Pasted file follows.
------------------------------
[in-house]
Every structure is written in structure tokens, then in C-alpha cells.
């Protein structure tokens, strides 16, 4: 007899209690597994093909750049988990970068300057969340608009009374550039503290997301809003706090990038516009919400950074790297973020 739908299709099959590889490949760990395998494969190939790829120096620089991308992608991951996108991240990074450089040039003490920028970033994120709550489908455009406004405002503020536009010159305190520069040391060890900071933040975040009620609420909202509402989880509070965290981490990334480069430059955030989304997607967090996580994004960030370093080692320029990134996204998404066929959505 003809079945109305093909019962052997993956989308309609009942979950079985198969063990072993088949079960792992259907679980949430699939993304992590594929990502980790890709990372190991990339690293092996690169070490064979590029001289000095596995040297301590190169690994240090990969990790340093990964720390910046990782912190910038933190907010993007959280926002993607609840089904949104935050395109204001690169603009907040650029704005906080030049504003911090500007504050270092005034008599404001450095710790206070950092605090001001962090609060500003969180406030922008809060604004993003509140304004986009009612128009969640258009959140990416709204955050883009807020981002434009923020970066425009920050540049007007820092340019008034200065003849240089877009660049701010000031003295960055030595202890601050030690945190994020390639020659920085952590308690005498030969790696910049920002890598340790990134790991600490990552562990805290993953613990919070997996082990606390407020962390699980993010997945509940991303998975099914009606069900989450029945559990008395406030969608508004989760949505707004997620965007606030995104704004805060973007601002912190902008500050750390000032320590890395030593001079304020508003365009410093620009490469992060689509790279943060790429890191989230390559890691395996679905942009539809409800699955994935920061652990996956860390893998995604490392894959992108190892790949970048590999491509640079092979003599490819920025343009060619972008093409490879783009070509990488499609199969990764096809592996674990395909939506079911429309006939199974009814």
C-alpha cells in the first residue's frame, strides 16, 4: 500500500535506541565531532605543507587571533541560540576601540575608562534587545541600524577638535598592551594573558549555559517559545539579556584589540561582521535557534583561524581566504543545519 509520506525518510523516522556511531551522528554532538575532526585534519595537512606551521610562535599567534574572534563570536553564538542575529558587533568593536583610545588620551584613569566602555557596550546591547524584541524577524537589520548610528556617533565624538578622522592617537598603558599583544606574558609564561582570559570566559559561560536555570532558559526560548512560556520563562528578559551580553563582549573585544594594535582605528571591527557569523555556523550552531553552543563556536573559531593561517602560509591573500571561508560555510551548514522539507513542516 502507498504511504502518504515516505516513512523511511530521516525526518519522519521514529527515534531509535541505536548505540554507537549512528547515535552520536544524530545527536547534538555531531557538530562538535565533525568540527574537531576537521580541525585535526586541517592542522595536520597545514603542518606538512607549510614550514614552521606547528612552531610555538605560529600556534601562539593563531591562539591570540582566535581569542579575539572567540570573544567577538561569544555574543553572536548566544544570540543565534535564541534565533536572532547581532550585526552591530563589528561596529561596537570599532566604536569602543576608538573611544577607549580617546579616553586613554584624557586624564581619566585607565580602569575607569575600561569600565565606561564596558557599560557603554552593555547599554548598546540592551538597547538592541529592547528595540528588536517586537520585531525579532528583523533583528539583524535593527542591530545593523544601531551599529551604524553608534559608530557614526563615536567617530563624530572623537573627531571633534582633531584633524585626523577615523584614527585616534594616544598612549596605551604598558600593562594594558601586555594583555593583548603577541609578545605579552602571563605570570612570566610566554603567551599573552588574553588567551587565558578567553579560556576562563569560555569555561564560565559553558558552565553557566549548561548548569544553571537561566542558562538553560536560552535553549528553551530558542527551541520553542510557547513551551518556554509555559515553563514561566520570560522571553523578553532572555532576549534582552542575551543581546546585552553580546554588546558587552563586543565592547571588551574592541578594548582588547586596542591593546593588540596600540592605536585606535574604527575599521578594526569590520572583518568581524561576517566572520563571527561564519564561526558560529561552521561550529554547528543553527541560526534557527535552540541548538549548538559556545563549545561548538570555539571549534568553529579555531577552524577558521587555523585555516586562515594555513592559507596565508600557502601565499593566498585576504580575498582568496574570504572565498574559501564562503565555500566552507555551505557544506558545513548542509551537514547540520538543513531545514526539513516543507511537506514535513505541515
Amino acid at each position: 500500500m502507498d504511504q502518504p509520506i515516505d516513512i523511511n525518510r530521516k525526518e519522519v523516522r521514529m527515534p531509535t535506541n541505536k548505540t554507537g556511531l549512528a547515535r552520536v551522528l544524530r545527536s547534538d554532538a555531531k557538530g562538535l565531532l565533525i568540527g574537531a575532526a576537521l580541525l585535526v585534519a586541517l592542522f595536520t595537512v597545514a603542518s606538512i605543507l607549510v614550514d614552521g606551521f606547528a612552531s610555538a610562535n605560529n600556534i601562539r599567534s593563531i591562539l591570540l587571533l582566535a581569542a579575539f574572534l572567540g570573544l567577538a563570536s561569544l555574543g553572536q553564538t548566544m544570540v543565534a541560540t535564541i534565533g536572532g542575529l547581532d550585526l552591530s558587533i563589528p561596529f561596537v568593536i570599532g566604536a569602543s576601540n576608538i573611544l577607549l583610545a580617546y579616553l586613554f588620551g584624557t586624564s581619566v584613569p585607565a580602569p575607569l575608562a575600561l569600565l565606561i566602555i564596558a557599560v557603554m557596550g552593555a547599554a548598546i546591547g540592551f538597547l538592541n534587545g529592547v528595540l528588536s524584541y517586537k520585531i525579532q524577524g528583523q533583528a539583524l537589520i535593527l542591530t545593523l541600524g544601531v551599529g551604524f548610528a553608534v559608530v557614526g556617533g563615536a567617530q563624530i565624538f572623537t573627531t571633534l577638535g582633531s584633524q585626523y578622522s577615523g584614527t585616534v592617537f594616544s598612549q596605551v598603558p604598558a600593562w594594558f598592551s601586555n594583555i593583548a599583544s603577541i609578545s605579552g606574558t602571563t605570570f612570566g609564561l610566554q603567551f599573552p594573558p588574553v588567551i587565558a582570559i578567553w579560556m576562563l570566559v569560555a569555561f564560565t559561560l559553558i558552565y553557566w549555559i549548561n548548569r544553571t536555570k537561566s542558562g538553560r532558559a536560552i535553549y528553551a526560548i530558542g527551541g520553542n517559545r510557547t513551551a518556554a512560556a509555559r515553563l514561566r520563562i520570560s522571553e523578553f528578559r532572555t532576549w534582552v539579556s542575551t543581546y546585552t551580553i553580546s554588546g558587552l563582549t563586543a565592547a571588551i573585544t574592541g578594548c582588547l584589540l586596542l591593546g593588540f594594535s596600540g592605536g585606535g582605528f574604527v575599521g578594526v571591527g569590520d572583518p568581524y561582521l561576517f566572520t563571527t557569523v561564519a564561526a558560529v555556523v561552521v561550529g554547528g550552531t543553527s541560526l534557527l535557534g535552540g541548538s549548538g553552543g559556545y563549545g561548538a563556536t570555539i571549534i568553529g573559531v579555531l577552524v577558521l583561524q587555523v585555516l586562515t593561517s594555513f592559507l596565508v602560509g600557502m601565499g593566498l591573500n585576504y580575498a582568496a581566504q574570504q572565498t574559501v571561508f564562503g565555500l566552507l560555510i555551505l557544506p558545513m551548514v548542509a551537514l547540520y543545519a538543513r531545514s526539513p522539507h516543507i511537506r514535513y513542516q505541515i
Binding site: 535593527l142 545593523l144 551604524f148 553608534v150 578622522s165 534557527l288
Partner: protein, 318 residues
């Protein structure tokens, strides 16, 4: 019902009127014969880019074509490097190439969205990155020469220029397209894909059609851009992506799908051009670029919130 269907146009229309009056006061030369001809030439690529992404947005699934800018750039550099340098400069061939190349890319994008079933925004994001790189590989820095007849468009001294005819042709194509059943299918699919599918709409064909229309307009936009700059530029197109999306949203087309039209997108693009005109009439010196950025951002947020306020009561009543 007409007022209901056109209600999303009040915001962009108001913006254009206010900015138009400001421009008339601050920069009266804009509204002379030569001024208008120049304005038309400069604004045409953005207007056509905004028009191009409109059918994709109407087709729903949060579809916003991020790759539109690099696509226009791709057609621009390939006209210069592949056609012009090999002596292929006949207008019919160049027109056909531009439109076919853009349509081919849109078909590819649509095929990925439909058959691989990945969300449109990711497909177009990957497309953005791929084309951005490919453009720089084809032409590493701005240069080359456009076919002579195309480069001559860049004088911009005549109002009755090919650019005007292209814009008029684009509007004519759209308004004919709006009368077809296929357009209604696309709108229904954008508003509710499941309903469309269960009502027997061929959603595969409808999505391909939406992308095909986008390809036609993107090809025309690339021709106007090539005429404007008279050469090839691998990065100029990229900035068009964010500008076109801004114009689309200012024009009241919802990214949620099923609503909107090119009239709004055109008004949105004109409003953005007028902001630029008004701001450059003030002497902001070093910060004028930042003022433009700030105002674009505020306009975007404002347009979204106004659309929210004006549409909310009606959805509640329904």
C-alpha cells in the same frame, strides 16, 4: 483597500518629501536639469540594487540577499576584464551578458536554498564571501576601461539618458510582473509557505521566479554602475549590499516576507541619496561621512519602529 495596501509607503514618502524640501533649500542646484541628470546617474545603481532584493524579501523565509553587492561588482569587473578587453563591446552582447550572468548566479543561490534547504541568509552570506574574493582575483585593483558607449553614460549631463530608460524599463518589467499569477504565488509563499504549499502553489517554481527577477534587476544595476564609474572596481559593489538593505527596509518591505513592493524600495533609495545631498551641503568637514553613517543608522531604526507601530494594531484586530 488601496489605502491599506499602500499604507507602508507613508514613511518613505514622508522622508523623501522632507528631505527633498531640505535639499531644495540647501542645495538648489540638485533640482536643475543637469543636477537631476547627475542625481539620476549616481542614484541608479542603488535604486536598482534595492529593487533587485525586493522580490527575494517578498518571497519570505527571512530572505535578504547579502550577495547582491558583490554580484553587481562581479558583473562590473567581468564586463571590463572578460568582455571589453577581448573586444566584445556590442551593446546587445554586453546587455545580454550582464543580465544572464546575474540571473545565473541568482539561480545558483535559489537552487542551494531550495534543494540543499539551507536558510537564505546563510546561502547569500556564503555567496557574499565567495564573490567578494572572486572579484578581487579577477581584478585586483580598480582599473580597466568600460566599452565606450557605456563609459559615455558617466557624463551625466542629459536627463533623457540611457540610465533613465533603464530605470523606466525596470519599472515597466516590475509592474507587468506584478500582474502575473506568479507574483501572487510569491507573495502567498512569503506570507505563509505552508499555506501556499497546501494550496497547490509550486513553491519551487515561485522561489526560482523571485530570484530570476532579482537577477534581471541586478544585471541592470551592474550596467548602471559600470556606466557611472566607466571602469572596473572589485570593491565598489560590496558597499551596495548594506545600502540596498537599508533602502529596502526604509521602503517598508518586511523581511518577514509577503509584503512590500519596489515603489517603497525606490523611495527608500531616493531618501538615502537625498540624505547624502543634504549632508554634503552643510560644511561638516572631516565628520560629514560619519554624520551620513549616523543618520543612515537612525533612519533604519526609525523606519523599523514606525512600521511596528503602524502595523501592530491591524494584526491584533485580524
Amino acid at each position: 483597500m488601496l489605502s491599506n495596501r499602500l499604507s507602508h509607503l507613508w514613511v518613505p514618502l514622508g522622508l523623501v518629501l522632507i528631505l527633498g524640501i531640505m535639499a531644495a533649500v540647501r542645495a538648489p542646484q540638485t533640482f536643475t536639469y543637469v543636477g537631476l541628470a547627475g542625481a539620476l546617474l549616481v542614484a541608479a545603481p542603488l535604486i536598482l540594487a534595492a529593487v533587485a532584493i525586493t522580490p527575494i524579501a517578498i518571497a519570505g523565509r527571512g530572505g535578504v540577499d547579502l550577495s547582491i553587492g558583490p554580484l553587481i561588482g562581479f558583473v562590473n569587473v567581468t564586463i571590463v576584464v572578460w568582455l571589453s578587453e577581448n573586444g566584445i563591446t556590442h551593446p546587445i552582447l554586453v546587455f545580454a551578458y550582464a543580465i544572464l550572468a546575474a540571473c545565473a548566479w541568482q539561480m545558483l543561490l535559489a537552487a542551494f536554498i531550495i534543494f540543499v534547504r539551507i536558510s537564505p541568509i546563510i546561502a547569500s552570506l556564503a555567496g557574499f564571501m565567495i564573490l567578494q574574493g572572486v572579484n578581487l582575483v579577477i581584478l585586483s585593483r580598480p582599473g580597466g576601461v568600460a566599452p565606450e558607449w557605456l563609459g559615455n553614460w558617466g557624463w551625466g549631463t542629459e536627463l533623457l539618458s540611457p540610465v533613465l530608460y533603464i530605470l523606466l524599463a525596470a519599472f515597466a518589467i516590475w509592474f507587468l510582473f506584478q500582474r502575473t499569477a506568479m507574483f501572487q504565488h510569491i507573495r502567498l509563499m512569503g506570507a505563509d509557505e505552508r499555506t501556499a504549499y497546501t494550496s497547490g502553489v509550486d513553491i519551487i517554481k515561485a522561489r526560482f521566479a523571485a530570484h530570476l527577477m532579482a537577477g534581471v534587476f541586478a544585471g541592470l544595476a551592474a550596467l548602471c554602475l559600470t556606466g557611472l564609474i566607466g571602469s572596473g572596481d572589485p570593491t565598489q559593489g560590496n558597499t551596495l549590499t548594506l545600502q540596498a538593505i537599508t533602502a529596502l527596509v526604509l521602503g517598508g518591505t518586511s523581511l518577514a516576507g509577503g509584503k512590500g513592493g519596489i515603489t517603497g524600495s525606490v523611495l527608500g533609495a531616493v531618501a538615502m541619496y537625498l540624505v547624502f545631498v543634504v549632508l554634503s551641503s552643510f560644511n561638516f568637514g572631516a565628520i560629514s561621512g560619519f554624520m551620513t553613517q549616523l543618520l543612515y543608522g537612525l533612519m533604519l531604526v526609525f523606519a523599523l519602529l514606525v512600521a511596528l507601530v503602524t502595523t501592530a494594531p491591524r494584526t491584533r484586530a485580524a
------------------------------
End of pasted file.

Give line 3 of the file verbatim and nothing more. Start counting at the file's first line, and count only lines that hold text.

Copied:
């Protein structure tokens, strides 16, 4: 007899209690597994093909750049988990970068300057969340608009009374550039503290997301809003706090990038516009919400950074790297973020 739908299709099959590889490949760990395998494969190939790829120096620089991308992608991951996108991240990074450089040039003490920028970033994120709550489908455009406004405002503020536009010159305190520069040391060890900071933040975040009620609420909202509402989880509070965290981490990334480069430059955030989304997607967090996580994004960030370093080692320029990134996204998404066929959505 003809079945109305093909019962052997993956989308309609009942979950079985198969063990072993088949079960792992259907679980949430699939993304992590594929990502980790890709990372190991990339690293092996690169070490064979590029001289000095596995040297301590190169690994240090990969990790340093990964720390910046990782912190910038933190907010993007959280926002993607609840089904949104935050395109204001690169603009907040650029704005906080030049504003911090500007504050270092005034008599404001450095710790206070950092605090001001962090609060500003969180406030922008809060604004993003509140304004986009009612128009969640258009959140990416709204955050883009807020981002434009923020970066425009920050540049007007820092340019008034200065003849240089877009660049701010000031003295960055030595202890601050030690945190994020390639020659920085952590308690005498030969790696910049920002890598340790990134790991600490990552562990805290993953613990919070997996082990606390407020962390699980993010997945509940991303998975099914009606069900989450029945559990008395406030969608508004989760949505707004997620965007606030995104704004805060973007601002912190902008500050750390000032320590890395030593001079304020508003365009410093620009490469992060689509790279943060790429890191989230390559890691395996679905942009539809409800699955994935920061652990996956860390893998995604490392894959992108190892790949970048590999491509640079092979003599490819920025343009060619972008093409490879783009070509990488499609199969990764096809592996674990395909939506079911429309006939199974009814």